A Tale of Two Cities: is the second of two historical novels Dickens wrote. This one is set during the French Revolution, and Dickens does an amazing job meshing the fate of a single family with the key events of this dramatic political event – which is spread over many tumultuous years. The emotional underpinning of this novel was Dickens’s interest in projecting himself as a self-sacrificing hero, dealing with the pain of an unrequited love. It really had to do with the mid-life crisis in the relationship between himself and his wife Catherine. But he transmutes this inner turmoil into a wonderful story of dual identity and personal sacrifice. “It is a far, far better thing …”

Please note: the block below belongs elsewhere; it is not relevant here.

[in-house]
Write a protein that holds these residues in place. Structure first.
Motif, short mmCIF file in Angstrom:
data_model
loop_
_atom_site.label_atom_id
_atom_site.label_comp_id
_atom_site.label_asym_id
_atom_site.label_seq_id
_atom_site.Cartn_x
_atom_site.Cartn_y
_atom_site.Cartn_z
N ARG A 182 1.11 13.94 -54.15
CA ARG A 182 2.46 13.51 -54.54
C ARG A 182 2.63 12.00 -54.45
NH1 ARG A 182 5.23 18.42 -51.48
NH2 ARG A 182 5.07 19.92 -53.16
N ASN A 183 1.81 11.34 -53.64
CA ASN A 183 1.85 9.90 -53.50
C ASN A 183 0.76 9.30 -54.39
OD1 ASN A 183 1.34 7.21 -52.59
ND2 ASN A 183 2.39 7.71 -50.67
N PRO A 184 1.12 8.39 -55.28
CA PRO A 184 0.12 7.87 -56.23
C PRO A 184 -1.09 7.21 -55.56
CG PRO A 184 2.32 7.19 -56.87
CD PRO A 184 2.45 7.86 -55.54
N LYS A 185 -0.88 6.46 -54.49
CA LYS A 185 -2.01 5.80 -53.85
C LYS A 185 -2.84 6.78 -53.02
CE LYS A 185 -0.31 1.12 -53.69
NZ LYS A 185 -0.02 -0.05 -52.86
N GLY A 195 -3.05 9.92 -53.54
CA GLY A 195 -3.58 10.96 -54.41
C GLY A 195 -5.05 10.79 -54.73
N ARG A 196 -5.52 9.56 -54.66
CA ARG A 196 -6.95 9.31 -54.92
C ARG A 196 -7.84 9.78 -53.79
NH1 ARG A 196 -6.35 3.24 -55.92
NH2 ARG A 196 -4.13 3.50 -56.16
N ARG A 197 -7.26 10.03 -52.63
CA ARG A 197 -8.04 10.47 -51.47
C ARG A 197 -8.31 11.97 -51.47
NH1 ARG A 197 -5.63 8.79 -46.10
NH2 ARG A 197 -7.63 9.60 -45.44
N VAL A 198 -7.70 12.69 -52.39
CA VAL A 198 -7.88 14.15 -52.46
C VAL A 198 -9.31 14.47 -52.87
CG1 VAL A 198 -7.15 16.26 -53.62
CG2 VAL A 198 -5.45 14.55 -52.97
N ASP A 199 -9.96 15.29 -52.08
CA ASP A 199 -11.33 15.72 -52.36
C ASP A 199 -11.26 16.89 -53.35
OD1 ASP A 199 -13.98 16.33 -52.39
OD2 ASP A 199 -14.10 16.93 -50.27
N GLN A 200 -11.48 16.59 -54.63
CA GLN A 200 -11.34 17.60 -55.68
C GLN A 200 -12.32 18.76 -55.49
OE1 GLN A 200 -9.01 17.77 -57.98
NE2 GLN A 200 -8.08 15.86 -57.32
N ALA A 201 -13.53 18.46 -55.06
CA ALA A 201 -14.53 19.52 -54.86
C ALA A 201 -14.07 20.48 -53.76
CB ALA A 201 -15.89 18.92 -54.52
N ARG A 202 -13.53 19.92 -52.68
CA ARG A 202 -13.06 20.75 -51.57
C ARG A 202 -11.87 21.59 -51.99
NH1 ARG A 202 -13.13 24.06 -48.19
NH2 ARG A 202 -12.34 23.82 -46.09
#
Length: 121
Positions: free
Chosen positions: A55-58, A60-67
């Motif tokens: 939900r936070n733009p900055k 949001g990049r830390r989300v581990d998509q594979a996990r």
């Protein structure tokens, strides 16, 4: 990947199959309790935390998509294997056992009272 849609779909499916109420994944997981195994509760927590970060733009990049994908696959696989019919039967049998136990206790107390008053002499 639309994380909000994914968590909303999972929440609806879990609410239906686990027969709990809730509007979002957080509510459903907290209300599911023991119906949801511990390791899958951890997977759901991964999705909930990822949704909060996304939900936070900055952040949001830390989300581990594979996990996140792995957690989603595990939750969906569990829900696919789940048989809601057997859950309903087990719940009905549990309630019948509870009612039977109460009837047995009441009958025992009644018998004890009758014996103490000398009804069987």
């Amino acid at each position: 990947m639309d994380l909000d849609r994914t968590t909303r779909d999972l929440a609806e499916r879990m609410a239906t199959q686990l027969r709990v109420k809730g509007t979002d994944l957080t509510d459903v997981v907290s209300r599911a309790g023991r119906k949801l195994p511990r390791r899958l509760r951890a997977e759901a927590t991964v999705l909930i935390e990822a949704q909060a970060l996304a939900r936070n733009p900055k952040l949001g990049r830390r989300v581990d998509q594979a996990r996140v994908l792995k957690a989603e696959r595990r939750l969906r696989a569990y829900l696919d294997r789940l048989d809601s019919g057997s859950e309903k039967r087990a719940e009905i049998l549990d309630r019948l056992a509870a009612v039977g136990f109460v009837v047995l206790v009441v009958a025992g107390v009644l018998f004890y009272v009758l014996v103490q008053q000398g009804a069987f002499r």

Little Dorrit: is a wonderful book built ultimately on Dickens’s childhood memories of his family’s incarceration in the Marshalsea Debtors’ Prison. The first half of the book gives a detailed portrait of the life experienced in that place. Arthur Clennam - one of the main protagonists in this novel – is a revealing self-portrait of the disenchanted author himself. And William Dorrit, the “father of the Marshalsea” is another portrait of his father, John Dickens. Micawber (in David Copperfield) had been a positive version of his ambivalent attitude to his father, William Dorrit is the negative view. Little Dorrit is another portrait of a sweet and innocent young woman – she is quite unreal – a figure of self-abnegating perfection.